Houso to Penn Avonuo Choir.
Res'. Dr. Robert F. Y. Pierce, pastor
of the Penn Avenue Baptist church,
entertained tho members of the choir
last night at the parsonage on Mlfllln
avenue. A most enjoyable evening was
spent, and a most bountiful repast
served by the doctor and his wife.
Dr. -Pierce's son, C, F, Pierce, of
AYanamuker's, Now A'ork city, and a
friend ot his, Paul Mulier, of Pnssale,
N, J., are being entertained during the
holiday season nt Dr. Pierce's homo.
For Sale.
Two heavy and one light delivery
wagons; ono buggy polo; cash register;
two pipe-cutting machines; one four
horse-power engine; $1,500 worth gas
fixtures and supplies; $2,500 plumbers'
and steam-litters' supplies, and one
two-seated open wagon.
Hunt & Connell.
Patrick. W, Vteley an engineer at Eddy Creek
mine, died jrtteiday iiioiniug lit his home in
Olyphant, iiftei two month' illness, JJr, f'teley
waa inariled hmci.iI jeai ago lat May to Miss
Jlaiy McDonald, and Is siirvlied by liU wife
and two children. HU mother, Mu. Ileriuu)
I'eeley, of 01) pliant, and thu following named
hrothcia and sisters also sunhe him: Itev, .1,
J, II. Fecley, of Nicholson j James J. I'eeley,
Mis. John Oiloyle, Mrs. James Foley, ol Oly.
pliant, and Sirs. I', W, llealey, of Ureen Itldgc
Mrs. Martin Saininon, of 327 Twenty-first
sheet, died yesterday after a lingering illness.
Piccjscd is sunhed by Iter husband and sev
eral rhlldiin. the was a sister of Mallcarrlci
William Cannlon. 'I ho funeral, announcement
will bo inado later, '
Mrs. MjiIIii I. amnion died yesterday, age It
jcuis. bite li surtbed by four sons and two I
dat'glitcis. 1'uncrul notice later. 1
He Was Ono of the Pioneer Coal
Operators of This Begion Drafted
the Charter of the Elk Hill Coal
and Iron Company W. G. O'Mal
ley the New Select Councilman
from the Twentieth Ward Popu
lar John Van Bergen, Jr., of the
Commissioners' Office.
AVIlllam It. Richmond, tho president
of tho .Now England society, who de
livered such it thoughtful and well
rounded nddress at tho annual banquet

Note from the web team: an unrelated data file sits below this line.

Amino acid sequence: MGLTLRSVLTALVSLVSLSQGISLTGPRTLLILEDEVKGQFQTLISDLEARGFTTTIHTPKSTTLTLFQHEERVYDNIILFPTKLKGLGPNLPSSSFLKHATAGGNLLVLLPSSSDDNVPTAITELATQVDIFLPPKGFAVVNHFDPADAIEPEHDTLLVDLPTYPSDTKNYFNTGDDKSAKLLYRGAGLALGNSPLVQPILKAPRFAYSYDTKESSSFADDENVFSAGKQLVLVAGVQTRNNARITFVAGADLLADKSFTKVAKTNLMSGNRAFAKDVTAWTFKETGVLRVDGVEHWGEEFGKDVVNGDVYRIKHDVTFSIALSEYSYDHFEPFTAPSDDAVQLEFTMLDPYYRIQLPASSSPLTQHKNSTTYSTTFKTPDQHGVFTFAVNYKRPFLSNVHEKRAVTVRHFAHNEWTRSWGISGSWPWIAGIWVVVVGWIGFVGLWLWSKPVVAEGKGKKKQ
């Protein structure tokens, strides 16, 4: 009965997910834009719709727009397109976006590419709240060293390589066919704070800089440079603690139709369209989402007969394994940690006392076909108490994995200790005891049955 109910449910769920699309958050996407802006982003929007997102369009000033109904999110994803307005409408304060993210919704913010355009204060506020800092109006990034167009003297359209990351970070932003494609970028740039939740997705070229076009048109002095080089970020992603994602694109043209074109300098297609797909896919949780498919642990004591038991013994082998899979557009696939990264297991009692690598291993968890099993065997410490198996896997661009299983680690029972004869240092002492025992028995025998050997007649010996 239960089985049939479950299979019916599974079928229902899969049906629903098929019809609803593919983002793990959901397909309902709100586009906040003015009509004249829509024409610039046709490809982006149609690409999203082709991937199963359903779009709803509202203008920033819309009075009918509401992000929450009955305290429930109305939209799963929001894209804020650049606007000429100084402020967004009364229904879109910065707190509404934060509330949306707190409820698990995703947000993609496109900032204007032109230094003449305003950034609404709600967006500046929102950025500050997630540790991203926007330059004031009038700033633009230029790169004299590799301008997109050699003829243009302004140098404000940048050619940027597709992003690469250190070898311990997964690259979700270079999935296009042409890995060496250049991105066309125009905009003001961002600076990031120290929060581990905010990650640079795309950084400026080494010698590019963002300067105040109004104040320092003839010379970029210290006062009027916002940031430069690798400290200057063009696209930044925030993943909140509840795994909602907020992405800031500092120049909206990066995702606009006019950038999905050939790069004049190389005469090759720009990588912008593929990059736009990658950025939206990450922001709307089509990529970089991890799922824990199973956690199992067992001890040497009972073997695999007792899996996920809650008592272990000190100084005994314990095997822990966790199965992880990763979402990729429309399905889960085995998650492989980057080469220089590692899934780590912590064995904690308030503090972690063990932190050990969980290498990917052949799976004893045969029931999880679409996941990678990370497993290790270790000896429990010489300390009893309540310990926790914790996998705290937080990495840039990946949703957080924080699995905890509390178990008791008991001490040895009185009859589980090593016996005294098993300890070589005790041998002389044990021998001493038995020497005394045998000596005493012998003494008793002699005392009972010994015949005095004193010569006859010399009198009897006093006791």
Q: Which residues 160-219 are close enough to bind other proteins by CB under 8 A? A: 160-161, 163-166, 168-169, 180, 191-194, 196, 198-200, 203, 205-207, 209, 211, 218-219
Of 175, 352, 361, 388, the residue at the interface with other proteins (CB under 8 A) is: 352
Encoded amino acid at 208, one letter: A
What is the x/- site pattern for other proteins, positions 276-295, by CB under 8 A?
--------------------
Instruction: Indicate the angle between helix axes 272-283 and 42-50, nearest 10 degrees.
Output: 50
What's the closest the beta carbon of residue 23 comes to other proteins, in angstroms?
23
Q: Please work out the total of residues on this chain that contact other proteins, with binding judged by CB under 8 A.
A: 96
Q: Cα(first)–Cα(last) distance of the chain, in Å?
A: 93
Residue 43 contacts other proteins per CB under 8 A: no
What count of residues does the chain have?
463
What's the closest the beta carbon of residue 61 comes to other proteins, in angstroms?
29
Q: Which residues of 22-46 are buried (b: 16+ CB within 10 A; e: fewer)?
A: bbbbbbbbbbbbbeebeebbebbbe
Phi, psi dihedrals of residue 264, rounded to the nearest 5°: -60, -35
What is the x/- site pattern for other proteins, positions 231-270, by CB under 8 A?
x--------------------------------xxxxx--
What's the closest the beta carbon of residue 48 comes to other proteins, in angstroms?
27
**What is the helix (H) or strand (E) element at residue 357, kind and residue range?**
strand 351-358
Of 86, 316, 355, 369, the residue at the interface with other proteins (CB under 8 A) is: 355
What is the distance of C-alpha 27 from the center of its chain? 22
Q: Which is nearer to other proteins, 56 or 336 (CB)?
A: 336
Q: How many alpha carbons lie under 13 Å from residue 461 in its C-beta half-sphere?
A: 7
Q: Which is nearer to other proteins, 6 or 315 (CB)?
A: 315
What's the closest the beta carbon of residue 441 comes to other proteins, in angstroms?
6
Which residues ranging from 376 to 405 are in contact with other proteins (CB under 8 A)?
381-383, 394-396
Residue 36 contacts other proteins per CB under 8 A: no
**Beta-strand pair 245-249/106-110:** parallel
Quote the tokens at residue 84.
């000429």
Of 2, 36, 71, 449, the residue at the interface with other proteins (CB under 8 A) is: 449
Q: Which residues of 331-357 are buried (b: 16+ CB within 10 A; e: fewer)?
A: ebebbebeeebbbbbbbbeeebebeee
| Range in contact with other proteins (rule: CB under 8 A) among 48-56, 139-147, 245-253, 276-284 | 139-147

of that society last Friday night, Is a
fine example of tho later day New
Englandor, who cossesses all the good
qualities for which his ancestors were
noted and which made them such a
forco In this fair lnnd of ours.
Mr. Richmond was born In Marl
borough, Connecticut, on Oct. 23, 1821,
his family having Its origin in Brittany
before the Eleventh century. The
American branch wns founded by John
Richmond, who emigrated from Ash-
ton Keynes, AA'lltshlre, England, In
1C37, nnd became one of the original
purchasers of tho land on which the
city of Taunton, Mass., Is now located.
Through his grandmother, Prudence
AVadsworth, Mr. Richmond Is descend
ed through seven generations from
AVIlllam AVadsworth, an emigrant
from England to Massachusetts In
1C32, and under Hooker one of the
early Connecticut colonists In 1636.
Ills son, Captain Joseph AA'adsworh,
Is credited with concealing the Con
necticut charter In tho Oak tree at
Hartford, an Incident which has been
extensively dwelt upon by the his
torians of that period.
In 1S42 Mr. Richmond entered busi
ness life in Honesdale and three years
later opened a store at Carbondale un
der the firm name of Richmond &
Robinson. In I860, Mr. Richmond be
came Interested In the mining of an
thracite coal. His keen business mind
showed to him the important place
tho coal with which the valley
abounded would in later years have In
the business world. The mining of
coal was at that time practically In
its infancy and few men realized the
great value of that commodity ns an
article of commerce.
Mr. Richmond obtained possession of
a tract of land at what Is now Dick
son City, but which at that time was
a part of Blakely township. He or
ganized the Elk Hill Coal and Iron
company and proceeded to develop the
coal land he had acquired. Ho framed
the charter or the Elk Hill company
and also the subsequent amendments
to it which the legislature allowed,
special legislation not being forbidden
at that time.
The thoroughness with which he did
his work Is best evidenced, pel haps,